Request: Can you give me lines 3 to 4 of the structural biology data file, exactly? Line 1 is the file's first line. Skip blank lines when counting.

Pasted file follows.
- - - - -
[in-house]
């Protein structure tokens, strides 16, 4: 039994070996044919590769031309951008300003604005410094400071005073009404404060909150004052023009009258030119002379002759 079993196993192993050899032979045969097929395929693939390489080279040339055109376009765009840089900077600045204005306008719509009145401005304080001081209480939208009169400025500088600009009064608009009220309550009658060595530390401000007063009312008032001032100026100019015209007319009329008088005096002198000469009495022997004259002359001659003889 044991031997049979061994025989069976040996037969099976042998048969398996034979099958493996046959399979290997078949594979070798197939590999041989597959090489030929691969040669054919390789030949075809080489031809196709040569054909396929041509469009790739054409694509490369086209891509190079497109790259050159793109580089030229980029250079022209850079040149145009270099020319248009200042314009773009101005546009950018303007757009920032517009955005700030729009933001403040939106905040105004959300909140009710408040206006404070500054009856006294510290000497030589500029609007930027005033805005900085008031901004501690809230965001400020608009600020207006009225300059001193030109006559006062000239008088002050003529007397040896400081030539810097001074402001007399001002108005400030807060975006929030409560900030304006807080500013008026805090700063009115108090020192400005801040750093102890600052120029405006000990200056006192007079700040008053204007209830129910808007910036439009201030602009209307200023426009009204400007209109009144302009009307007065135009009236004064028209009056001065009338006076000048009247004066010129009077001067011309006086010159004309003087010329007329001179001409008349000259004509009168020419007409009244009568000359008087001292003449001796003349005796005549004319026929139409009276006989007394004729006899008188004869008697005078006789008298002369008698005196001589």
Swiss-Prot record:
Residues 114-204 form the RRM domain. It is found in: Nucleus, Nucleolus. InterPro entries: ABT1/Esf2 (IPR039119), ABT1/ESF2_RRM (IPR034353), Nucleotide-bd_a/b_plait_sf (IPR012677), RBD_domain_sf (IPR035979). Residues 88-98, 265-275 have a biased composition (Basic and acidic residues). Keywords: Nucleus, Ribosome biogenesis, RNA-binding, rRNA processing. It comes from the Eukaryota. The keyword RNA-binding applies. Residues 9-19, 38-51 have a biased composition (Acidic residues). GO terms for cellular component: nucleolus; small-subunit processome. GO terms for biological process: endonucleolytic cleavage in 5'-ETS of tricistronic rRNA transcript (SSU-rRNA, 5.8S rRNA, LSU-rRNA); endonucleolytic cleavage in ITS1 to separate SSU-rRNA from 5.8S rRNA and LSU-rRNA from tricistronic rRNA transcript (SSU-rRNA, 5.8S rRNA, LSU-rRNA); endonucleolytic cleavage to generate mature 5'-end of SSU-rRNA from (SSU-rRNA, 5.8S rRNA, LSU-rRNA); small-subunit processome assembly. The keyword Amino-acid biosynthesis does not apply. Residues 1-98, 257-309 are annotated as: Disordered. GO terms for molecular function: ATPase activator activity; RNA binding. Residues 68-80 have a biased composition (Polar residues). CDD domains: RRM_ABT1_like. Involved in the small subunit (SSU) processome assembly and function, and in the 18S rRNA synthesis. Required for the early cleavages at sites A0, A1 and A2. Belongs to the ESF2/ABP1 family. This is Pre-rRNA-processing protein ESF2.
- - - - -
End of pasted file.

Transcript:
Swiss-Prot record:
Residues 114-204 form the RRM domain. It is found in: Nucleus, Nucleolus. InterPro entries: ABT1/Esf2 (IPR039119), ABT1/ESF2_RRM (IPR034353), Nucleotide-bd_a/b_plait_sf (IPR012677), RBD_domain_sf (IPR035979). Residues 88-98, 265-275 have a biased composition (Basic and acidic residues). Keywords: Nucleus, Ribosome biogenesis, RNA-binding, rRNA processing. It comes from the Eukaryota. The keyword RNA-binding applies. Residues 9-19, 38-51 have a biased composition (Acidic residues). GO terms for cellular component: nucleolus; small-subunit processome. GO terms for biological process: endonucleolytic cleavage in 5'-ETS of tricistronic rRNA transcript (SSU-rRNA, 5.8S rRNA, LSU-rRNA); endonucleolytic cleavage in ITS1 to separate SSU-rRNA from 5.8S rRNA and LSU-rRNA from tricistronic rRNA transcript (SSU-rRNA, 5.8S rRNA, LSU-rRNA); endonucleolytic cleavage to generate mature 5'-end of SSU-rRNA from (SSU-rRNA, 5.8S rRNA, LSU-rRNA); small-subunit processome assembly. The keyword Amino-acid biosynthesis does not apply. Residues 1-98, 257-309 are annotated as: Disordered. GO terms for molecular function: ATPase activator activity; RNA binding. Residues 68-80 have a biased composition (Polar residues). CDD domains: RRM_ABT1_like. Involved in the small subunit (SSU) processome assembly and function, and in the 18S rRNA synthesis. Required for the early cleavages at sites A0, A1 and A2. Belongs to the ESF2/ABP1 family. This is Pre-rRNA-processing protein ESF2.